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Kidney Week

Abstract: PO1850

Novel Use of Daratumumab for Post-Hematopoietic Cell Transplant Membranous Nephropathy

Session Information

Category: Onco-Nephrology

  • 1500 Onco-Nephrology

Authors

  • Benoit, Stefanie W., Cincinnati Children's Hospital Medical Center, Cincinnati, Ohio, United States
  • Khandelwal, Pooja, Cincinnati Children's Hospital Medical Center, Cincinnati, Ohio, United States
  • Grimley, Michael S., Cincinnati Children's Hospital Medical Center, Cincinnati, Ohio, United States
Introduction

Membranous nephropathy (MN) is the most common cause of glomerulopathy after hematopoietic cell transplantation (HCT), usually seen with graft versus host disease (GVHD). Although remission frequently occurs upon immunosuppression, 20% of patients fail to respond and may progress to end stage renal disease. Here we report the rapid remission of a treatment resistant patient with daratumumab (Dmab).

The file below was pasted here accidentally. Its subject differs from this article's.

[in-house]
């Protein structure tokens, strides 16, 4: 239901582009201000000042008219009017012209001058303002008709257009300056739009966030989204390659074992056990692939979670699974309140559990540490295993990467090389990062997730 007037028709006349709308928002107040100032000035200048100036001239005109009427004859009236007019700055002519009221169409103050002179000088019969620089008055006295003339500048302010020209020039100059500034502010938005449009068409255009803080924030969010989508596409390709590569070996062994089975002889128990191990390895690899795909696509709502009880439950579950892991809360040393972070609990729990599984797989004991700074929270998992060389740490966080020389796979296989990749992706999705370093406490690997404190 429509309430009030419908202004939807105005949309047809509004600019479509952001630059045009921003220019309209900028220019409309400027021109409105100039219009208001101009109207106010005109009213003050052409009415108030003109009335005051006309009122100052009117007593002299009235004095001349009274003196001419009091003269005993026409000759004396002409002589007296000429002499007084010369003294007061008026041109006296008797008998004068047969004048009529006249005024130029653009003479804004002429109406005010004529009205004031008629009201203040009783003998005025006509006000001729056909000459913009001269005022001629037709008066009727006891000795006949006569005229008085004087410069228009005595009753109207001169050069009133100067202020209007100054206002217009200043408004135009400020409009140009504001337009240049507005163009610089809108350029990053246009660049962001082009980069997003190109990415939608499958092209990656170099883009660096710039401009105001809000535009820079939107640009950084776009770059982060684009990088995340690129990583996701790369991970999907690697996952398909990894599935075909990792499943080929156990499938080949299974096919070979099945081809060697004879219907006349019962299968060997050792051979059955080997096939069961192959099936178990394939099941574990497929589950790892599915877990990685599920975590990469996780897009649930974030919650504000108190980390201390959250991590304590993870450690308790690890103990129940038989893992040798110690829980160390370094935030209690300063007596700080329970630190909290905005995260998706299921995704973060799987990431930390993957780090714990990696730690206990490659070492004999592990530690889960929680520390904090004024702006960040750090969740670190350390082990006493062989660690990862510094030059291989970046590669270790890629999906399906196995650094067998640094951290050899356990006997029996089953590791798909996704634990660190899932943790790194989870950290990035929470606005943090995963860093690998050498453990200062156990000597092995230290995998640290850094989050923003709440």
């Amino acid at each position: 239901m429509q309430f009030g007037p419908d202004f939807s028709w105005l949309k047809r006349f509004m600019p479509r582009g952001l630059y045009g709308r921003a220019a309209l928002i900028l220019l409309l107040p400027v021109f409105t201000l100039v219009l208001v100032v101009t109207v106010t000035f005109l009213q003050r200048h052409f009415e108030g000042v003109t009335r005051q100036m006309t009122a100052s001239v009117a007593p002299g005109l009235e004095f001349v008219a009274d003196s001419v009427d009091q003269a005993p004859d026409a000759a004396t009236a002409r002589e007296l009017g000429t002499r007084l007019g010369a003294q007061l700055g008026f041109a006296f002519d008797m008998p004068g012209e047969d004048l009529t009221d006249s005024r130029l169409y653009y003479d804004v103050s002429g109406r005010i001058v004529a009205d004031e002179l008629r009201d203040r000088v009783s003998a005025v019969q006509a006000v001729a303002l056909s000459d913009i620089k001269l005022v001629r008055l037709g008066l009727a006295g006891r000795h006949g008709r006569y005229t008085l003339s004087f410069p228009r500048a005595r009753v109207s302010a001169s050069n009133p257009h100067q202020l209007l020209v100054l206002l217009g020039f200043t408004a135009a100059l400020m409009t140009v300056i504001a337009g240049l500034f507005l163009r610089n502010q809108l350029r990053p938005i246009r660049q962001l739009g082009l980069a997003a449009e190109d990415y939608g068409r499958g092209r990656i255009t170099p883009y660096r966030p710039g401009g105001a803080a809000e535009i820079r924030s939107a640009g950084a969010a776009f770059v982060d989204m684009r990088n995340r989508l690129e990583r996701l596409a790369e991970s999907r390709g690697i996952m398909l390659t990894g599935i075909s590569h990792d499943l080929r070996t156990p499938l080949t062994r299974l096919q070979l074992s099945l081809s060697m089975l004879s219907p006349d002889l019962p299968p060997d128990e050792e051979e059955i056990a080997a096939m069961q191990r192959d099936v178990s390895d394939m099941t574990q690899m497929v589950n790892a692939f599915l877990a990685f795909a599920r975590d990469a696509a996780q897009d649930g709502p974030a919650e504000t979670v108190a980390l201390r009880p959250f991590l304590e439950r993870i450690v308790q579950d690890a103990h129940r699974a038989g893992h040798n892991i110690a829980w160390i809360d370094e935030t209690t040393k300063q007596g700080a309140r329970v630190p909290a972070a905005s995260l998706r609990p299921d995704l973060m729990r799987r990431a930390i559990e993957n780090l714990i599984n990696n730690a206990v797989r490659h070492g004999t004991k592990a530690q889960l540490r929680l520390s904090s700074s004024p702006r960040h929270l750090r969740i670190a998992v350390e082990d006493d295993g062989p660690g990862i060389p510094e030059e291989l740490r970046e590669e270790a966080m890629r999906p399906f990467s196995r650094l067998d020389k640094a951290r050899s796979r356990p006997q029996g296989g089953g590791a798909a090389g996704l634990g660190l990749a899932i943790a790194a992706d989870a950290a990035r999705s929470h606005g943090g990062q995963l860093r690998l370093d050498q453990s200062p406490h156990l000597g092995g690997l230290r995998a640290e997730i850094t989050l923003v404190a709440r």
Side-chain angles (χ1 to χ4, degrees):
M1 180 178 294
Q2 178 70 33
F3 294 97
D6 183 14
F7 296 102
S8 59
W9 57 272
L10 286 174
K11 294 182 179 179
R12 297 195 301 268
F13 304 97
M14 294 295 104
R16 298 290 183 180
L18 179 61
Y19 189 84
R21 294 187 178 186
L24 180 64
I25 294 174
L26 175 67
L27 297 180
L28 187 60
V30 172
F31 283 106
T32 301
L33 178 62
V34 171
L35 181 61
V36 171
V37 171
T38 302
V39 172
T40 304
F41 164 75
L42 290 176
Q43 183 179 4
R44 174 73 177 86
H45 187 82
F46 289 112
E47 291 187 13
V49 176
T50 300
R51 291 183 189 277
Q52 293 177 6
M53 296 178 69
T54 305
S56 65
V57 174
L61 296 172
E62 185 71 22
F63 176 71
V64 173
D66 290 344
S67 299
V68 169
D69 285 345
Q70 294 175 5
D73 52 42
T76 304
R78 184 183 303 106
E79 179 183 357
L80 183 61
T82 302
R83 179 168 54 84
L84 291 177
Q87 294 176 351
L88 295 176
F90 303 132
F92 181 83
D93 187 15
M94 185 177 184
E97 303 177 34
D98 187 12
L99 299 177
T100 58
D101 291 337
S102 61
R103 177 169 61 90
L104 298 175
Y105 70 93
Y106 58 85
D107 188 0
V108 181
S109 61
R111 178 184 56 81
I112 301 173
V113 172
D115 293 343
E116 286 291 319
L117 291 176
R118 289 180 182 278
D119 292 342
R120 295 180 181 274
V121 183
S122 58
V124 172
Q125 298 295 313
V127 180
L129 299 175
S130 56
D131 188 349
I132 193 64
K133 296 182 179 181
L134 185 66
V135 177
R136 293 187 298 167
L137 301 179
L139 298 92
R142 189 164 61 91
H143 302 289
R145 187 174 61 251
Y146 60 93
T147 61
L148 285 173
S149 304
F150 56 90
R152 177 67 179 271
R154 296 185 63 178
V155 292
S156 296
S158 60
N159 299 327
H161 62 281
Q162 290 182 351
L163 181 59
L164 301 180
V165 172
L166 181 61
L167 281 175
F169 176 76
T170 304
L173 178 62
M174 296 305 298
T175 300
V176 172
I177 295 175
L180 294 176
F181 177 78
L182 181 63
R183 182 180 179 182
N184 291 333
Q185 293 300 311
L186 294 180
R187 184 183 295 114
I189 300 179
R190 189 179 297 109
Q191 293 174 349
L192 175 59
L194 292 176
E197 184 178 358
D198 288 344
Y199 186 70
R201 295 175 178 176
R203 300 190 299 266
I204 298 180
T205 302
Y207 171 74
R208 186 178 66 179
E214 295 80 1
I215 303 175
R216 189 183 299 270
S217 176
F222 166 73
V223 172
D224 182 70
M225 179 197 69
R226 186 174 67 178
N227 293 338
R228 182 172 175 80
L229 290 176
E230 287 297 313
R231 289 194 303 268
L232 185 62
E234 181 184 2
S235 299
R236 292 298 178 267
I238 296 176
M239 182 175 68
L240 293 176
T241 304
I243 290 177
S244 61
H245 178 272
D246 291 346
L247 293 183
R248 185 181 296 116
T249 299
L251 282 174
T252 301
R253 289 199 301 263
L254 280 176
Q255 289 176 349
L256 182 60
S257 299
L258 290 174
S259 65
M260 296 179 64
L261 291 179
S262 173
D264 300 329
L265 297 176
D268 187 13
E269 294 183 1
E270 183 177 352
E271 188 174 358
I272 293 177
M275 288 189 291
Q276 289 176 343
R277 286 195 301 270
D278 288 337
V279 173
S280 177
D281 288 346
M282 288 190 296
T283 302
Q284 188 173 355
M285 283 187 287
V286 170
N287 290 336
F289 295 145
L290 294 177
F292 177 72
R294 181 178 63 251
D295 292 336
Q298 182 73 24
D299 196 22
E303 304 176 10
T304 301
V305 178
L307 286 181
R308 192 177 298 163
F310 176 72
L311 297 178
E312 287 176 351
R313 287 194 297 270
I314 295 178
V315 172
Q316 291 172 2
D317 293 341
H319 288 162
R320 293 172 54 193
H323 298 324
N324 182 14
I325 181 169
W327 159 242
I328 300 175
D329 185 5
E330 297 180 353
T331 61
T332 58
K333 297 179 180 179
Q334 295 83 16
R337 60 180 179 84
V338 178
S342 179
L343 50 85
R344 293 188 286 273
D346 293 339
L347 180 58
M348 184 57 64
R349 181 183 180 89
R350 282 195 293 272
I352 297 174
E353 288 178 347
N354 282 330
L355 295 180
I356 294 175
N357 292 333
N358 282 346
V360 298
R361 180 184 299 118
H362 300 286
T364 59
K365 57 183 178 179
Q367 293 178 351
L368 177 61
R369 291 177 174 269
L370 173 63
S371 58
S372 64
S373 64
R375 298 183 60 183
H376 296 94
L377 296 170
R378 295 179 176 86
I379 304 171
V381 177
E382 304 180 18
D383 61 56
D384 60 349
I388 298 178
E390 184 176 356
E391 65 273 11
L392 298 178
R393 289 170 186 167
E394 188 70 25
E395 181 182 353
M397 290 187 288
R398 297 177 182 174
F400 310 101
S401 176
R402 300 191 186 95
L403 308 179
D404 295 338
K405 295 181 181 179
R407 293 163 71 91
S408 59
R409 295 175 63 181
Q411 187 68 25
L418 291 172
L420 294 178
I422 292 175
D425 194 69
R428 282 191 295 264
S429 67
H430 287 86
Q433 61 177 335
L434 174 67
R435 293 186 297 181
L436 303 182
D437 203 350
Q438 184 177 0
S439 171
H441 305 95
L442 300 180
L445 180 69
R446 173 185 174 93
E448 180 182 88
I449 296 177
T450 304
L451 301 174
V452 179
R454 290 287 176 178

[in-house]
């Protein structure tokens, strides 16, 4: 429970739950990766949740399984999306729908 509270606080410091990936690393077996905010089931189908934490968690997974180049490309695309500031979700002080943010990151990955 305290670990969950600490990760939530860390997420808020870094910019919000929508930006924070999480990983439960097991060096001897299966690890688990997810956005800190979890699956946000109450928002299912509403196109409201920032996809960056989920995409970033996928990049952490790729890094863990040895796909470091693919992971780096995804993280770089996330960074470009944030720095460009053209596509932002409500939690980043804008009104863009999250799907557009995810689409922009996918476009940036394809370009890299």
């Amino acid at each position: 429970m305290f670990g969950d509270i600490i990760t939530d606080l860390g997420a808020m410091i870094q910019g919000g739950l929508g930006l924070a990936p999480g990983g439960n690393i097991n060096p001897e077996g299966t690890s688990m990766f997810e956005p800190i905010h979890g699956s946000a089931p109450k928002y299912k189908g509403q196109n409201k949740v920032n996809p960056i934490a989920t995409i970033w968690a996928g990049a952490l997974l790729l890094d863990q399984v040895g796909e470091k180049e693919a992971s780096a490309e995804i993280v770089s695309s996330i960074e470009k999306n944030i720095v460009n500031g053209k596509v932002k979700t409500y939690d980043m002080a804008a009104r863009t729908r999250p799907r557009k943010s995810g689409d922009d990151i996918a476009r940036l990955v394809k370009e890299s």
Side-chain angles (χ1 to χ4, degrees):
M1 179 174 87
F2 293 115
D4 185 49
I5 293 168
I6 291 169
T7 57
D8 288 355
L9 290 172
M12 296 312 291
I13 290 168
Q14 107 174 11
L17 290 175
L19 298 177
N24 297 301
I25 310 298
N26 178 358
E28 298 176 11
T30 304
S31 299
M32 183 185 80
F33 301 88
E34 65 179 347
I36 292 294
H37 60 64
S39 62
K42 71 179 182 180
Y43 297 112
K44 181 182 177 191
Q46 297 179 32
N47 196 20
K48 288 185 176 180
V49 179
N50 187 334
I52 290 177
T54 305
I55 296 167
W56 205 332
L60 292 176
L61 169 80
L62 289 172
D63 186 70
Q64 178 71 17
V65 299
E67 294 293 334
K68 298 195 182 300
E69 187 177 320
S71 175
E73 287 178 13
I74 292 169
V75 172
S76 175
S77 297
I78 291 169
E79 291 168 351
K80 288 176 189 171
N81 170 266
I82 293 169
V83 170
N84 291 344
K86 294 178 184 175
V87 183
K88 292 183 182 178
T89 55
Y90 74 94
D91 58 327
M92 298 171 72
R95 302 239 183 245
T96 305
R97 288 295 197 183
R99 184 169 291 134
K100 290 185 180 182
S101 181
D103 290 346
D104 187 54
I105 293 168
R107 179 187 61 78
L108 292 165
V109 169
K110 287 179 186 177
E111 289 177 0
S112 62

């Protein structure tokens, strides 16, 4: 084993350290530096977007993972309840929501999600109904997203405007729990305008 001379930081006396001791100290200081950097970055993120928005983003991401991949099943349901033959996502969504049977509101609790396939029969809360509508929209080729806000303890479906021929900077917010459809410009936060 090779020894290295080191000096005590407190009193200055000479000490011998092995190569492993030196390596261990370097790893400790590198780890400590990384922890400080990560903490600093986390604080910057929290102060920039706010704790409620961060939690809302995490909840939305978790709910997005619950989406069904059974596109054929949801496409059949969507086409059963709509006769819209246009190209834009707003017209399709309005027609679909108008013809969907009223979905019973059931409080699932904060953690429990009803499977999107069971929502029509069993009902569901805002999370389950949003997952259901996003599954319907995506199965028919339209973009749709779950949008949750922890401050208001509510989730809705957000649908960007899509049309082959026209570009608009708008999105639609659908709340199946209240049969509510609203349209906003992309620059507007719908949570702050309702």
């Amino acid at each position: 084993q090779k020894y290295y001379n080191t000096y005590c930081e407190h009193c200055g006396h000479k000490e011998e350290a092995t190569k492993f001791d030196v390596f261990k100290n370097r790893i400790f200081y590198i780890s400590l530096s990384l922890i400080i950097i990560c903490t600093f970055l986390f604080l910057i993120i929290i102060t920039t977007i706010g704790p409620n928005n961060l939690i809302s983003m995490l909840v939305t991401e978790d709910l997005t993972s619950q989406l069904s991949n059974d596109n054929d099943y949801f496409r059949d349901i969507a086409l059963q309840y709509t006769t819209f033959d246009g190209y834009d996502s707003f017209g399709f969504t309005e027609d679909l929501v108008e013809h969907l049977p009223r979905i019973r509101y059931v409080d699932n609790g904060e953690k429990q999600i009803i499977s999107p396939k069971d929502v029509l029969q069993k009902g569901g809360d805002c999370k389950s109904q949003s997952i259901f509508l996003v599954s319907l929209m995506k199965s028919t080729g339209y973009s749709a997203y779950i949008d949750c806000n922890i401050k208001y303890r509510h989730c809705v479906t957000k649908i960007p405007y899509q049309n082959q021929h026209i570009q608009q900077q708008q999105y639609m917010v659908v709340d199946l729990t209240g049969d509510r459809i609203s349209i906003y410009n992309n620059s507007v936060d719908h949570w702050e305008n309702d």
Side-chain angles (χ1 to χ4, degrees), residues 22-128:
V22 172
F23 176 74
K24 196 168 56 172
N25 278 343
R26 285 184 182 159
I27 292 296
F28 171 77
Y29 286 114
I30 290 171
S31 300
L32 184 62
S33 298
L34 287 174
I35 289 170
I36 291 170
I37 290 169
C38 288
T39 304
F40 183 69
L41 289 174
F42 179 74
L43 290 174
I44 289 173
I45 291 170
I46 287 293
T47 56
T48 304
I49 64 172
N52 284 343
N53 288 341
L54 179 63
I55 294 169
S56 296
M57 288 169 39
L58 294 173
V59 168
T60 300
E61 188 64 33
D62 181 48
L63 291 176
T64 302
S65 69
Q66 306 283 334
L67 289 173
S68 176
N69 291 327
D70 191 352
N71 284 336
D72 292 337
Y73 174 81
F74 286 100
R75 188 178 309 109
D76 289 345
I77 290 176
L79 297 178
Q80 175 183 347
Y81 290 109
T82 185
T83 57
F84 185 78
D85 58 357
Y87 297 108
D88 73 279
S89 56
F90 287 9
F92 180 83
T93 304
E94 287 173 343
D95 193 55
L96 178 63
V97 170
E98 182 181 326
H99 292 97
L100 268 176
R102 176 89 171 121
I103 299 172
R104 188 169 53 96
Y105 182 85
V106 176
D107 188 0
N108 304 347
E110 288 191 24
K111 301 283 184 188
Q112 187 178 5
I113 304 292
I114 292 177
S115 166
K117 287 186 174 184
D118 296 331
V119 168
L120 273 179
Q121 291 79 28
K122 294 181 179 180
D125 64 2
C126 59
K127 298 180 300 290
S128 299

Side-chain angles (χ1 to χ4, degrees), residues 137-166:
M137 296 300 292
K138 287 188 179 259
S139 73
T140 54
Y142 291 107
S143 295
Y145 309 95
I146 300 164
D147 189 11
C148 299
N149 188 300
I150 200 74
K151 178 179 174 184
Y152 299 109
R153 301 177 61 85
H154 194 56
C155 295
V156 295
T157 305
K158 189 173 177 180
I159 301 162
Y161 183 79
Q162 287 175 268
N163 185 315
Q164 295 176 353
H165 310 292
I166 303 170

Case Description

A 16 year old female 1 year post-HCT for beta thalassemia major was started on ruxolitinib for oral GVHD. Three months later, she developed nephrotic syndrome. Renal biopsy showed MN. Serum and renal tissue were negative for PLA2R antibody. Ruxolitinib was changed to ibrutinib in case MN was medication induced. She was treated with tacrolimus (trough 3 – 8 ng/mL), prednisone, losartan, atorvastatin, and 4 weekly rituximab infusions. Eight months into therapy, she failed to meet criteria for even partial remission. The toxicity of additional steroids and/or cyclophosphamide was undesirable. With 0% CD19 cells, rituximab was not indicated. Thus, plasma cell depletion with Dmab was trialed.

Dmab was given at weeks 1, 4, and 17. Her nephrotic syndrome resolved and her serum albumin was greater than 3.0 gm/dL by week 10. She weaned off of steroids and tacrolimus by week 16, at which time she had near-complete remission of her renal disease. Trialed off of losartan week 16 – 17, but protein excretion increased, so it was restarted. Time course and biomarkers of MN are in Figure 1.

Discussion

The mechanism of HCT-associated MN is incompletely understood. Its association with GVHD and often successful treatment with rituximab have implicated direct or indirect humoral activation as potential pathogenic mechanisms. The success of CD38 depletion with Dmab may implicate alloantibody production by resident plasma cells as a driver of refractory disease. Dmab may be a novel therapeutic option for HCT patients who are not responsive to traditional MN therapy.

Figure 1: Time course and biomarkers of MN after Dmab. *Urine collection 15 hours